Artists & Exhibitions

ArtoP visits: ENI! You Can Always Tell When The Elephant Has Passed By

On Sunday the 9th of June, the ArtoP research team attended a special reception and artist talk for the launch of Bruce Onobrakpeya's ENI! You Can Always Tell When The Elephant Has Passed By curated by Sandra Mbanefo Obiago of SMO Contemporary Art, at The Wheatbaker, Lagos.

The exhibition was a celebratory retrospective of sixty years of art making practice with a focus upon Bruce Onobrakpeya's prints. Bruce Onobrakpeya is known as one of Nigeria's most experimental artists and a key founding figure in the Zaria Arts Society (1958 - 1961) and the funder of the Harmattan workshops (1998 -).  Amongst the prints that sat within the themes of: Natural World, Culture, Philosophy & Mythology, Christianity, Women, and Dreams - the exhibition included images that evoked political ideas whether these were presented overtly as in the case of the Chibok Girls (2017) print, his documentation of women and protest as in Nudes and Protest (2007), or more metaphorically as a commentary 'on the forced movement of people from one place to another' visible in Tive Ephrana Danure, Tive Edara? (1985) (Where do these birds come from, where are they bound?).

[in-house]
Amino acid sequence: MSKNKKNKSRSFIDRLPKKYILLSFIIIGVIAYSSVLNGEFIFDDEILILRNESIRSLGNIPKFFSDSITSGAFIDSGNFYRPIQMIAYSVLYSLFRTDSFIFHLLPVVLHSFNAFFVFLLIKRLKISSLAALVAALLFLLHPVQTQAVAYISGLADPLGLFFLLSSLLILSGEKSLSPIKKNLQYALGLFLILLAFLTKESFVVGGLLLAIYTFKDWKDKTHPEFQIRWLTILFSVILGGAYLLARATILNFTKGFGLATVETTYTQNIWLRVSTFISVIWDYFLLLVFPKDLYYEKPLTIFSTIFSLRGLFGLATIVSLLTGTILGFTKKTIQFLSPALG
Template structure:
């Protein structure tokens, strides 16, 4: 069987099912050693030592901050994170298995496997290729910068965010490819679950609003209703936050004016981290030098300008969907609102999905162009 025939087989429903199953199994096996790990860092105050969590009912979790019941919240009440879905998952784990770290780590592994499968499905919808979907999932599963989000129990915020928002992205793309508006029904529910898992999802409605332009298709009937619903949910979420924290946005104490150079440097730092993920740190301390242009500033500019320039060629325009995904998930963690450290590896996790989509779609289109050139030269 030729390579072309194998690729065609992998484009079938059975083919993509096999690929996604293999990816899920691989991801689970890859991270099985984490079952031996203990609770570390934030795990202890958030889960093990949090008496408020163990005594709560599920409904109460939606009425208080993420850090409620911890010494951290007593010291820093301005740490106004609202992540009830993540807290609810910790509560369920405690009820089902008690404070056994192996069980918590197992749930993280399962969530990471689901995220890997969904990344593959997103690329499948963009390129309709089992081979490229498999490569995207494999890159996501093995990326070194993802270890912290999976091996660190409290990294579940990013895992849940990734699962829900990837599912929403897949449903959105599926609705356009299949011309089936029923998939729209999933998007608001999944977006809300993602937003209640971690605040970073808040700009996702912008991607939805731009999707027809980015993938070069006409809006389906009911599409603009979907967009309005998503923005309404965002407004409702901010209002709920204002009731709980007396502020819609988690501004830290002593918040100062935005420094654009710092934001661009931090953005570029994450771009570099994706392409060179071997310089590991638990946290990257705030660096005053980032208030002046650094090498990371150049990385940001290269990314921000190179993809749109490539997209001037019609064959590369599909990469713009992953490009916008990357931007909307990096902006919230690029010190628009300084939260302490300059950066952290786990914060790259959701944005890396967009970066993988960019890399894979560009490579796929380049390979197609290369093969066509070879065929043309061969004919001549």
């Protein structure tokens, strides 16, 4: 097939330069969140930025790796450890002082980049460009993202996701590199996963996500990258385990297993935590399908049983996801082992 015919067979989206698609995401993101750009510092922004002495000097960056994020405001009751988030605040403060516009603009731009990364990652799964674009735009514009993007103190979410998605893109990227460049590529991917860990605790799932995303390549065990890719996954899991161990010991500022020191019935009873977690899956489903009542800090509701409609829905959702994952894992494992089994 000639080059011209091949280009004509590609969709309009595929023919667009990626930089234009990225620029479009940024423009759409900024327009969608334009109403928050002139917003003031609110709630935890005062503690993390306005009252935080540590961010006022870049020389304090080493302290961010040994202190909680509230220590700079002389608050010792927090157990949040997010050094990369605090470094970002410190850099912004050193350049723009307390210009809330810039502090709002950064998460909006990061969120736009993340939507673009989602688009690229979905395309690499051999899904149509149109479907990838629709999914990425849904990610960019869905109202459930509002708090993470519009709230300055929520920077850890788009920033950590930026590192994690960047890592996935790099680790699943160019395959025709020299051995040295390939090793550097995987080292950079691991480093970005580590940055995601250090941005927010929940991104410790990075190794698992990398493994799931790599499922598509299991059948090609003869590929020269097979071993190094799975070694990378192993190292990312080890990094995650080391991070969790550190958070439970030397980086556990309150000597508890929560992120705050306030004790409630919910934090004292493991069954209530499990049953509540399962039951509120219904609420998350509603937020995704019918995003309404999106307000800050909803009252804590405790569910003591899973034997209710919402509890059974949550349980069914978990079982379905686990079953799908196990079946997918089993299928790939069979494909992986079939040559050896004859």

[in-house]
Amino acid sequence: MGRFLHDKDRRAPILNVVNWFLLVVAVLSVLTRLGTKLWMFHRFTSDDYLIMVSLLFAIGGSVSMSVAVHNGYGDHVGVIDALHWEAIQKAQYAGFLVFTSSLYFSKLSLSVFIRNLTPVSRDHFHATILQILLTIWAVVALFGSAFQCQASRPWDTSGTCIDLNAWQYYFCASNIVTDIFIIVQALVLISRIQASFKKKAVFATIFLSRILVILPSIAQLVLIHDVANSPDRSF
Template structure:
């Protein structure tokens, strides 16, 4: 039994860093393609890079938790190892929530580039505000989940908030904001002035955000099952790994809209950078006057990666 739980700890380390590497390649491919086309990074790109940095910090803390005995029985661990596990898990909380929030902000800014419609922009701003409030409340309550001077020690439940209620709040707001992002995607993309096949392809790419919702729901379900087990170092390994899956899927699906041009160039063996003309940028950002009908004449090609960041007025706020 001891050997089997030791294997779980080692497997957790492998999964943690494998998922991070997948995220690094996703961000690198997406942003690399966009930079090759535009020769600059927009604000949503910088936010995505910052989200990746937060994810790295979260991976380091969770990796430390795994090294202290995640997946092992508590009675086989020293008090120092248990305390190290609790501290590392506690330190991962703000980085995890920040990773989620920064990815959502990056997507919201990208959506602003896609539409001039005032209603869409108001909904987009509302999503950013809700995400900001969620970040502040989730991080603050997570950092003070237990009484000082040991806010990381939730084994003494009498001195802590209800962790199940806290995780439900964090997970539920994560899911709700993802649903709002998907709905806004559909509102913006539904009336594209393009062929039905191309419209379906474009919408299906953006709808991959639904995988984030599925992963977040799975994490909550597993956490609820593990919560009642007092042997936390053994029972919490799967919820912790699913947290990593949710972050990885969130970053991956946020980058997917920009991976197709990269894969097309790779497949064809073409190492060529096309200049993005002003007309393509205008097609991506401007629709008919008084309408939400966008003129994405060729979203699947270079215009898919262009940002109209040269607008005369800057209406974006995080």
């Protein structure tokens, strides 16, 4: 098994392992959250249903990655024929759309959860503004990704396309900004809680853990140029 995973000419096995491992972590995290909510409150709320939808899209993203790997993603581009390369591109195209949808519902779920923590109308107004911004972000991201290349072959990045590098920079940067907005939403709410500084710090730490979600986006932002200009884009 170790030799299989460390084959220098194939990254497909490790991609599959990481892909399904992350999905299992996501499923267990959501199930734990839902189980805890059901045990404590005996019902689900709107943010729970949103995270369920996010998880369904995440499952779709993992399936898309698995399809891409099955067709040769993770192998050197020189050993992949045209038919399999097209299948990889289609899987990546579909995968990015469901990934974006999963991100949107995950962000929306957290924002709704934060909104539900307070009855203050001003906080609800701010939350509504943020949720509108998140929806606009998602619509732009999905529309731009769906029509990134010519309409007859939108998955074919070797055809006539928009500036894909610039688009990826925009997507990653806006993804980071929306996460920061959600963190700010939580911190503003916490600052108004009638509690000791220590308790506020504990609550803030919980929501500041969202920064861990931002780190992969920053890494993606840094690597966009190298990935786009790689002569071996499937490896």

Bruce Onobrakpeya's work is recognized and collected world wide, found in the National Museum of African Art of the Smithsonian Institution and the Tate Modern in London, however to be able to see such a comprehensive retrospective of his work was a unique privilege. Alongside this exhibition, the expertly delivered conversation between curator Sandra Mbanefo Obiago and artist offered a very personal lens that explained the trajectories of Ononbrakpeya's diverse work, the themes and motifs that converge and his impact upon Nigerian contemporary art. 


Obiago, S. (2019), ENI! You can always tell where the elephant has passed bySMO Contemporary Art Catalogue, at Accessed 29/07/2019.
Stanley, J. (2011),  Bruce Onobrakpeya and the Harmattan Workshop: Artistic Experimentation in the Niger Delta, African Arts 2011 44:4, 22-35 .